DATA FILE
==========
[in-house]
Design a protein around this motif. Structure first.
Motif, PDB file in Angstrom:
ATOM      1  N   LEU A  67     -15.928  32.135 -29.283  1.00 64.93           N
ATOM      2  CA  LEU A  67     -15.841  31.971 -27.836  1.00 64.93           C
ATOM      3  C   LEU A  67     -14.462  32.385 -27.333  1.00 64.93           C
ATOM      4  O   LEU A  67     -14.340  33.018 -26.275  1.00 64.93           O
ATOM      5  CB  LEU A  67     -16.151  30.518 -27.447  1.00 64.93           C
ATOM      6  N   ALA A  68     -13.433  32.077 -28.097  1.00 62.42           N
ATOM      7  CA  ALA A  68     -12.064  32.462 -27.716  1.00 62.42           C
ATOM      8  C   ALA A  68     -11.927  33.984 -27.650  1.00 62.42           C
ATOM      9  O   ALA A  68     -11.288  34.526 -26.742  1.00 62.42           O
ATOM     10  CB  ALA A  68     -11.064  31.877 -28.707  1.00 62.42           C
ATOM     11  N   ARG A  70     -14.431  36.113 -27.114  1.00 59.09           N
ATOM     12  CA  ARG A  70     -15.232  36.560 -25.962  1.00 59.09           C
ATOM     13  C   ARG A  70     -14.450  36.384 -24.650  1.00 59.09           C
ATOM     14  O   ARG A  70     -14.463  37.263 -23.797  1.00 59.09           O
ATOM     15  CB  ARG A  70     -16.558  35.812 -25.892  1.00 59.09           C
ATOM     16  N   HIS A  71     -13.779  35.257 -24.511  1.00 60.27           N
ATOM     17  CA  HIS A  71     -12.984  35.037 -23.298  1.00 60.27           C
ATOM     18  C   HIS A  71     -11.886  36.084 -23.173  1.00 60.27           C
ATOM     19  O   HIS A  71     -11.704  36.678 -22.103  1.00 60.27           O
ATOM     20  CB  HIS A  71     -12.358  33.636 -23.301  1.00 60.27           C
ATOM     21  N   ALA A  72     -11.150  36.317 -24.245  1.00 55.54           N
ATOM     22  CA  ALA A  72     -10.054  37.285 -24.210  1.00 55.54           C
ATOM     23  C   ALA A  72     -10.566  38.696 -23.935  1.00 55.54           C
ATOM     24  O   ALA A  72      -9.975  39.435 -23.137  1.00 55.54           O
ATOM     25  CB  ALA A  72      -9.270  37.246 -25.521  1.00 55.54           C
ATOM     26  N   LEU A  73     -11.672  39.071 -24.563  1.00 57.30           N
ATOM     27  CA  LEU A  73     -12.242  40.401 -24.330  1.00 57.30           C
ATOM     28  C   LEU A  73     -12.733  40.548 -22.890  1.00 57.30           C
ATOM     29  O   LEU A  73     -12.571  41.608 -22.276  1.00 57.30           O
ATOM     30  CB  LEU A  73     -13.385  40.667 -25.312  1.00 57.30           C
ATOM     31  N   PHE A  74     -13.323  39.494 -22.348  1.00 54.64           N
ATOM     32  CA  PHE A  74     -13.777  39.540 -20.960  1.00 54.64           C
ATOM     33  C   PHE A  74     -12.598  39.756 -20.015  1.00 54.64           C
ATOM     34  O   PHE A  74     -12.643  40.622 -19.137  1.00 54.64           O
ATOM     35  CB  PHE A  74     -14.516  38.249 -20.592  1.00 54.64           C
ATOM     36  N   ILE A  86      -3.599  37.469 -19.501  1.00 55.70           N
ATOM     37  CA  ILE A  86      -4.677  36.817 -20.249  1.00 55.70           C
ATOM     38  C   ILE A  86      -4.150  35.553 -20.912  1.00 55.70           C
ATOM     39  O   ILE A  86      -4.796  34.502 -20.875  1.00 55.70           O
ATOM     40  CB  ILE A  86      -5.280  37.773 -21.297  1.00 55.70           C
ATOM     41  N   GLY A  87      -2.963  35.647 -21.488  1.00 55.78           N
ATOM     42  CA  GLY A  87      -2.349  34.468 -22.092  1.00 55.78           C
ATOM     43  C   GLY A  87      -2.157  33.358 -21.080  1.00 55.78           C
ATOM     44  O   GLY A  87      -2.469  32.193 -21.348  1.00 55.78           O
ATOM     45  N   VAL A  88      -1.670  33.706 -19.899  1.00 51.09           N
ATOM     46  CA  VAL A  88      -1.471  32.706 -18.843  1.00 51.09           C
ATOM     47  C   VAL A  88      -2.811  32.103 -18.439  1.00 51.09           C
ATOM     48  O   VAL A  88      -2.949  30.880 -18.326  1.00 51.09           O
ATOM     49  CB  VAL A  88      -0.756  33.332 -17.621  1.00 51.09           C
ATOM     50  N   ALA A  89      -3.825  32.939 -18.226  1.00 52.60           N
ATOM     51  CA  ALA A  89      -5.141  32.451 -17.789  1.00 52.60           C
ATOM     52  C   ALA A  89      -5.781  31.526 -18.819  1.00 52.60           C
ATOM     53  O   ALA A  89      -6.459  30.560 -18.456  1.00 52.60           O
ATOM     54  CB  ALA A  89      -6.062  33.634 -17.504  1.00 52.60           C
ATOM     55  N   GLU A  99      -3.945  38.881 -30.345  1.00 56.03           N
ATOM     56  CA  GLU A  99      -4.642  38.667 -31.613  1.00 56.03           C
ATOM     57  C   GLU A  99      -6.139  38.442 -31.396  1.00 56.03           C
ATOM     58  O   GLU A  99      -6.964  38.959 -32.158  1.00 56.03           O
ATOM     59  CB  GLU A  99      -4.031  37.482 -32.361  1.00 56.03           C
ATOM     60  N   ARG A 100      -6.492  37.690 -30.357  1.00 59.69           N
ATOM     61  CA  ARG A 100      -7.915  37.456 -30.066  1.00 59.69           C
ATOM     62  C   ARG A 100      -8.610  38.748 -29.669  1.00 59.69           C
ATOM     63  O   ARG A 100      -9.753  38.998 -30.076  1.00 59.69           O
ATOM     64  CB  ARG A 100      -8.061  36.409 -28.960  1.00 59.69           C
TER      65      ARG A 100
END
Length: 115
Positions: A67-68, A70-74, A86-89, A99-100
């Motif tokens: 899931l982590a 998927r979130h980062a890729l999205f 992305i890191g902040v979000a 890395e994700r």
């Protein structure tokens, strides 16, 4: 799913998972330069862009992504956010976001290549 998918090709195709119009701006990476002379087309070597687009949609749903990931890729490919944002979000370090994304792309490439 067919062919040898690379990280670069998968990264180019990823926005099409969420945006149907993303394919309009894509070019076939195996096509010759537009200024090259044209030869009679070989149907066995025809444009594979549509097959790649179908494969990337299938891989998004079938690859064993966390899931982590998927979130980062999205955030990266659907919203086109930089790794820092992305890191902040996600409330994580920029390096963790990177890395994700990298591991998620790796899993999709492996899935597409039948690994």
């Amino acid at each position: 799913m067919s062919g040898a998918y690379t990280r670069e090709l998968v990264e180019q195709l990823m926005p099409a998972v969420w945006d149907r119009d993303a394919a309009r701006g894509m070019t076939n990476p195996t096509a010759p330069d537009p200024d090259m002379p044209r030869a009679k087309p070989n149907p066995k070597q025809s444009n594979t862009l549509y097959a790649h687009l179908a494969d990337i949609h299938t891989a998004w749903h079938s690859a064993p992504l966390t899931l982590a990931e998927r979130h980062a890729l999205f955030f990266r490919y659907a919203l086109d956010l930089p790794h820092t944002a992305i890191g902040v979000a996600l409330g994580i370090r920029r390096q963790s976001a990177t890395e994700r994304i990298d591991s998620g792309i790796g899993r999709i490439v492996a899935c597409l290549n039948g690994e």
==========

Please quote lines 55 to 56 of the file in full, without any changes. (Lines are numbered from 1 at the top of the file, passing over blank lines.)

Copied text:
ATOM     52  C   ALA A  89      -5.781  31.526 -18.819  1.00 52.60           C
ATOM     53  O   ALA A  89      -6.459  30.560 -18.456  1.00 52.60           O